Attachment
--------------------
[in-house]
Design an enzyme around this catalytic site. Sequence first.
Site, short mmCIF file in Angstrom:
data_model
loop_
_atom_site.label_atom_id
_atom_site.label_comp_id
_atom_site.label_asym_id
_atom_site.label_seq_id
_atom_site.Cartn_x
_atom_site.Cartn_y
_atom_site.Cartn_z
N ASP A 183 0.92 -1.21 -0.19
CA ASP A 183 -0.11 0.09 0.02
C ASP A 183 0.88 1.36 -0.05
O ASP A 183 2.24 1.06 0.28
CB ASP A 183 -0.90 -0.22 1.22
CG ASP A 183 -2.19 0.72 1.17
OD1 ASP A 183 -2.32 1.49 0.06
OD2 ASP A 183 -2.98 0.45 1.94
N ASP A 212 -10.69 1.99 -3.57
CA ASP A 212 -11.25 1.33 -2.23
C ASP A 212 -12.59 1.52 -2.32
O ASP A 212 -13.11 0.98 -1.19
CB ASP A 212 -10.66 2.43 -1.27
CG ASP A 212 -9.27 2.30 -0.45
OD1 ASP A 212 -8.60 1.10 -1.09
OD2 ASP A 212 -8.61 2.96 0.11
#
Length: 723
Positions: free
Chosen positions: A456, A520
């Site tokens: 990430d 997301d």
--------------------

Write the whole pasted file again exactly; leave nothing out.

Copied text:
[in-house]
Design an enzyme around this catalytic site. Sequence first.
Site, short mmCIF file in Angstrom:
data_model
loop_
_atom_site.label_atom_id
_atom_site.label_comp_id
_atom_site.label_asym_id
_atom_site.label_seq_id
_atom_site.Cartn_x
_atom_site.Cartn_y
_atom_site.Cartn_z
N ASP A 183 0.92 -1.21 -0.19
CA ASP A 183 -0.11 0.09 0.02
C ASP A 183 0.88 1.36 -0.05
O ASP A 183 2.24 1.06 0.28
CB ASP A 183 -0.90 -0.22 1.22
CG ASP A 183 -2.19 0.72 1.17
OD1 ASP A 183 -2.32 1.49 0.06
OD2 ASP A 183 -2.98 0.45 1.94
N ASP A 212 -10.69 1.99 -3.57
CA ASP A 212 -11.25 1.33 -2.23
C ASP A 212 -12.59 1.52 -2.32
O ASP A 212 -13.11 0.98 -1.19
CB ASP A 212 -10.66 2.43 -1.27
CG ASP A 212 -9.27 2.30 -0.45
OD1 ASP A 212 -8.60 1.10 -1.09
OD2 ASP A 212 -8.61 2.96 0.11
#
Length: 723
Positions: free
Chosen positions: A456, A520
């Site tokens: 990430d 997301d």